FIG. 22 presents another experimental example of SBS suppression. In this experiment, the LMA fiber amplifier maximum output pulse energy is clearly limited at 12 μJ without a phase variation, as the backward signal intensity increases exponentially beyond this threshold. By applying a synchronously gated, time-dependent phase variation to the seed signal, no such exponential behavior is observed for pulse energy values about ten times higher. Furthermore, the amplified pulse spectral profile remains quite narrow, as can be see in FIG. 23, an important characteristic for applications involving frequency conversion. This is also shown in FIG. 24, where the energy per pulse emitted in a spectral bandwidth of 0.5 nm is plotted against the injected pump power in the LMA fiber pump core. The slight broadening of the spectrum is the result of the onset of SPM, which also means that SBS no longer represents a concern. SPM mitigation is the subject of the next section.

Self-Phase Modulation (SPM) Mitigation

Once SBS is kept under control, SPM is the next nonlinear effect that must be considered for further scaling the output pulse energy of pulsed fiber lasers. The SBS mitigation method must therefore be compatible with efficient SPM mitigation as well. As will be explained below, it turns out that synchronously gated phase variation scheme is very advantageous in terms of SPM control with respect to other spectral broadening approaches employed for SBS mitigation, such as seeds based on filtered fluorescence or using multimode semiconductor laser diodes. This has been verified both experimentally and numerically by the inventors. FIG. 25A shows an example of calculated spectra with broadening caused by SPM for a seed based on filtered ASE, whereas FIG. 25B presents the calculated broadening for a phase-modulated narrow linewidth single longitudinal-mode seed. For the filtered ASE seed, SPM broadens the spectrum considerably, as the final spectral width is about ten times larger than the initial linewidth. For the phase modulated seed, each of the individual spectral lines is slightly broadened by SPM and the energy remains in the initial spectral envelope. FIG. 25C compares the spectra of FIGS. 25A and 25B using the same horizontal scale, to emphasize the different magnitudes of the spectral broadening induced by SPM for both types of seeds. It was also verified numerically that the spectral broadening is comparable to the filtered ASE source case when using a multimode seed laser diode having an initial spectrum structure identical to a phase modulated single mode laser diode. Therefore the spectrum structure is not the dominant factor for SPM, whereas the phase correlations are very important. Clearly, applying a synchronously gated, time-dependent phase variation is really efficient with respect to other approaches for limiting the impact of SPM, which enables high peak power pulses having narrow spectral widths.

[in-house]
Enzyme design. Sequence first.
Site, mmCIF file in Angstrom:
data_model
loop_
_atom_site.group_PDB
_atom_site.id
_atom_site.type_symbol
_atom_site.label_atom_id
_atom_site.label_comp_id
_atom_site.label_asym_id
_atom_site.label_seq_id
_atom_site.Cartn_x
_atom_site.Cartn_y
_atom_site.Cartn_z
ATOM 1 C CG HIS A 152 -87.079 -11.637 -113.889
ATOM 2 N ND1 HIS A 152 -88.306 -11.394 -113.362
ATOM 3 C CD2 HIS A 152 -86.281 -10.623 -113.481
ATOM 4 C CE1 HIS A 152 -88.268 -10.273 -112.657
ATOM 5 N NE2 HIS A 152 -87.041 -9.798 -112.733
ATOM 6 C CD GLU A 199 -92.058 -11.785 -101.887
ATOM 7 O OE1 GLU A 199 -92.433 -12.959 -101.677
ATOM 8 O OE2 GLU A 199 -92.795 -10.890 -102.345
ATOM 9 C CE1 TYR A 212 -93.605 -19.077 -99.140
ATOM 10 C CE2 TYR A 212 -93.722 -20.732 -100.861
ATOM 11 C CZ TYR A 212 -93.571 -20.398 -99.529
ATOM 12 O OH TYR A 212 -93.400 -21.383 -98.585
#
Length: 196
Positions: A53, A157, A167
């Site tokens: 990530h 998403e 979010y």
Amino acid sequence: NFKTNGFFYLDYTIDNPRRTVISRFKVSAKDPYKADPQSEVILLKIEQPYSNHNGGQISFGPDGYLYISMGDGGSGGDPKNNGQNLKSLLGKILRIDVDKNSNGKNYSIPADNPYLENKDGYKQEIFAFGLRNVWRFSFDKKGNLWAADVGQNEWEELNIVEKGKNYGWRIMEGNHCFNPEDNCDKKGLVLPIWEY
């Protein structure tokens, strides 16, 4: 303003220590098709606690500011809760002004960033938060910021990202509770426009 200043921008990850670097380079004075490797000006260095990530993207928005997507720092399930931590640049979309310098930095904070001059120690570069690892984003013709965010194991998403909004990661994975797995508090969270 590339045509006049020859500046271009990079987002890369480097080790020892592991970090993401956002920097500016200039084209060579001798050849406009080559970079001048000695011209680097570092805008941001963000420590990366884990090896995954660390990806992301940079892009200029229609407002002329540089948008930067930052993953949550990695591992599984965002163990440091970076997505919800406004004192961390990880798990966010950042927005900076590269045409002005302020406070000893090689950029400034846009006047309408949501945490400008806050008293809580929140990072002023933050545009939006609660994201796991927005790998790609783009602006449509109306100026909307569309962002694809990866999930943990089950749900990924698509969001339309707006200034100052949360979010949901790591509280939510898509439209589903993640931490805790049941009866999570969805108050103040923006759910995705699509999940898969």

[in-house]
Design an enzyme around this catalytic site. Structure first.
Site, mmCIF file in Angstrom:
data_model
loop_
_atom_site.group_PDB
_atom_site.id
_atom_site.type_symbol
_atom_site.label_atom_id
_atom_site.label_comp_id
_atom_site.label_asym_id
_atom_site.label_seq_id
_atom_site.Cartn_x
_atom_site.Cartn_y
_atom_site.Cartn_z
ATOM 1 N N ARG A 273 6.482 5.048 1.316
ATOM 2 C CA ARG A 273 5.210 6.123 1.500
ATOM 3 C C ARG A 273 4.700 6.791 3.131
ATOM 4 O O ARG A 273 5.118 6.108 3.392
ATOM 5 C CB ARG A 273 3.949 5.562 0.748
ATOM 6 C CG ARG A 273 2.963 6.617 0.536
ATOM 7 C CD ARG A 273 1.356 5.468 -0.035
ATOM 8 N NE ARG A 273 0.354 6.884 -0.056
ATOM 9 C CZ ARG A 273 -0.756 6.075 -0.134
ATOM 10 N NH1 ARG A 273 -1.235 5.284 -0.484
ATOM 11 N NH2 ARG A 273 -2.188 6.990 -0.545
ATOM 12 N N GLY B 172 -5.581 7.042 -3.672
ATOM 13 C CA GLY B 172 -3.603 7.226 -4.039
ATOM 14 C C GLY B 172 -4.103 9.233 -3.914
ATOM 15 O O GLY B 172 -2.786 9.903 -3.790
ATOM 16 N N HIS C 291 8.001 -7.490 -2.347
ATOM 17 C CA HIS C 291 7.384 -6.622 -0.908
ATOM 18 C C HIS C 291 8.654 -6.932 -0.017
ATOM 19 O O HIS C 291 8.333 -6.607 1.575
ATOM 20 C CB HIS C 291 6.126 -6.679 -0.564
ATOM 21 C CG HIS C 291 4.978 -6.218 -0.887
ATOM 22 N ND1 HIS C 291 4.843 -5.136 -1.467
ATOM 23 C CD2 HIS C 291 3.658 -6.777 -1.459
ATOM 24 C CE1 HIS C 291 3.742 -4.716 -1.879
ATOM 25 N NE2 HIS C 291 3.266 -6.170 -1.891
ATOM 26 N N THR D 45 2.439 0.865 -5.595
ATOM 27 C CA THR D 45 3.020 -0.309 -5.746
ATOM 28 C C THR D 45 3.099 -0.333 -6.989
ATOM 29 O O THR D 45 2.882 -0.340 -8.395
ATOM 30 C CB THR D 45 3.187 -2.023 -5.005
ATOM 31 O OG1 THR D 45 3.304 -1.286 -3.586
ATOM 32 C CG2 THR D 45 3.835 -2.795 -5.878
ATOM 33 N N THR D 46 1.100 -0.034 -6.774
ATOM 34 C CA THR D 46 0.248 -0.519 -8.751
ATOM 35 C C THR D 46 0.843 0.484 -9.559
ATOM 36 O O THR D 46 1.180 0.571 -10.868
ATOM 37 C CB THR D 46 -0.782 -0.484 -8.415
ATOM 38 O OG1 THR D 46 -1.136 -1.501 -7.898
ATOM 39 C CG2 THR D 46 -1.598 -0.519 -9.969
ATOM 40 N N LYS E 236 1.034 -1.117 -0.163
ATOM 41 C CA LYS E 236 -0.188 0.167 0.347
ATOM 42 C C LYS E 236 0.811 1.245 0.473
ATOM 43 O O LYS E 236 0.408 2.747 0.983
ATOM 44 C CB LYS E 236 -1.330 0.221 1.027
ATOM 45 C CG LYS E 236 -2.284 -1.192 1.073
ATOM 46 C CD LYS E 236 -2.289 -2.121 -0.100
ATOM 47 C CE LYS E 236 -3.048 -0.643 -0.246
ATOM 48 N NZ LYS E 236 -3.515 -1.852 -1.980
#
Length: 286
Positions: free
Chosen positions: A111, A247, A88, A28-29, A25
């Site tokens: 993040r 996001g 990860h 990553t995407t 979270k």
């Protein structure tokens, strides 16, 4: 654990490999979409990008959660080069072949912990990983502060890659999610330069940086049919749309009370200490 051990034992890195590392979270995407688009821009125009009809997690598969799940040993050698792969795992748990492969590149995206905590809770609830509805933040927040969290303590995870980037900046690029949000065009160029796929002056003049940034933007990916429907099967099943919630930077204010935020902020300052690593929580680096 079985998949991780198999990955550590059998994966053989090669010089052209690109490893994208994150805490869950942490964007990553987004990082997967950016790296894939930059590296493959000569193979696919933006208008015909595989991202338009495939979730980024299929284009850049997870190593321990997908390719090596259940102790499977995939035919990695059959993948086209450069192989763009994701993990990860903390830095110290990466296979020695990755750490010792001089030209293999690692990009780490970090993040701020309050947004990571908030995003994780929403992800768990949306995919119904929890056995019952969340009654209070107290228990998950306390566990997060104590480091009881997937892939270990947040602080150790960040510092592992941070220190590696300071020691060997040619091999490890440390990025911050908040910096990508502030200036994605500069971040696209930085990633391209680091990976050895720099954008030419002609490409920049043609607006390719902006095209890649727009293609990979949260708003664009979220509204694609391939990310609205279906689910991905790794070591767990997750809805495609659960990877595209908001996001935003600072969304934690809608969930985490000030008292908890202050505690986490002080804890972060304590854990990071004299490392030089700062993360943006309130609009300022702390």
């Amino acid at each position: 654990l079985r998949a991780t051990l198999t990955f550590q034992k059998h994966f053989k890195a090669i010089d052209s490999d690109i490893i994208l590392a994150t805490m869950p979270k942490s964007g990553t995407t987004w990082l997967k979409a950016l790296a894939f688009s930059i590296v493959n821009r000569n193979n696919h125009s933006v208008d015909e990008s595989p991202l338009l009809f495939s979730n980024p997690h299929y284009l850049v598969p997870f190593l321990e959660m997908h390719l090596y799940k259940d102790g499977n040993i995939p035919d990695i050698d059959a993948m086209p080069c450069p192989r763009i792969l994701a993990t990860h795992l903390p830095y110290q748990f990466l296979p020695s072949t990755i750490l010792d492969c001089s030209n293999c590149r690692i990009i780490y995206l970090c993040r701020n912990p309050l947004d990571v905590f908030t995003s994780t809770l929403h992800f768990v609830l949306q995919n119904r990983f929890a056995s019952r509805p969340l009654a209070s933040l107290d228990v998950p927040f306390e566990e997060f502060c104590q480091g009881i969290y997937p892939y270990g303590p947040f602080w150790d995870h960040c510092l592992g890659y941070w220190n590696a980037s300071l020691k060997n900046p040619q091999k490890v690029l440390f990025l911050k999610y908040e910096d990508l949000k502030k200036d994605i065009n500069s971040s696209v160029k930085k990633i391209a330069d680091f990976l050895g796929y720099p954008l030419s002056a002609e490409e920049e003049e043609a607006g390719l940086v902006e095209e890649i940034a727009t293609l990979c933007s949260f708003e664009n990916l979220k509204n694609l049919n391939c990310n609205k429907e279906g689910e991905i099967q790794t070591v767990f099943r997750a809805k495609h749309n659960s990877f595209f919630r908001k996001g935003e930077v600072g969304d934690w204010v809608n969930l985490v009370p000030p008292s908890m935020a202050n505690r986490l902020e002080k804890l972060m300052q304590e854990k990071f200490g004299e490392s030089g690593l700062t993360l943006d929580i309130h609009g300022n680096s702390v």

FIG. 26 shows a typical example of how SPM affects the spectral width of the output pulses as a function of their energy. In this particular case the pulses are amplified in 2.5m of LMA fiber. As the gain is increased in the fiber, so is the spectral width of the pulses in the case of a 500 pm wide filtered ASE source. The same 500 pm wide (width of the envelope) phase modulated source (single peak linewidth of 1.8 pm, Ω=1.8 GHz and φpeak=16π) is barely affected by the SPM-induced spectral broadening.

The spectral broadening through SPM can be viewed as a linear function of the output energy. We therefore introduce the parameter SSPM which is a measure of the spectral broadening slope in (pm/μJ). A phase modulated source is characterized by a spectral width, which corresponds to the width of the total envelope, and a single peak linewidth, which is the linewidth of the source before the time-dependent phase variation is applied. FIG. 27 shows the relationship between the spectral width of the envelope and the line width of the source for a particular case of a synchronously gated, sinusoidal phase variation (Ω=1.8 GHz and φpeak=16π). It can be seen from FIG. 27 that the minimal spectral width of the envelope with the applied phase variation conditions is 500 pm independently of the source linewidth.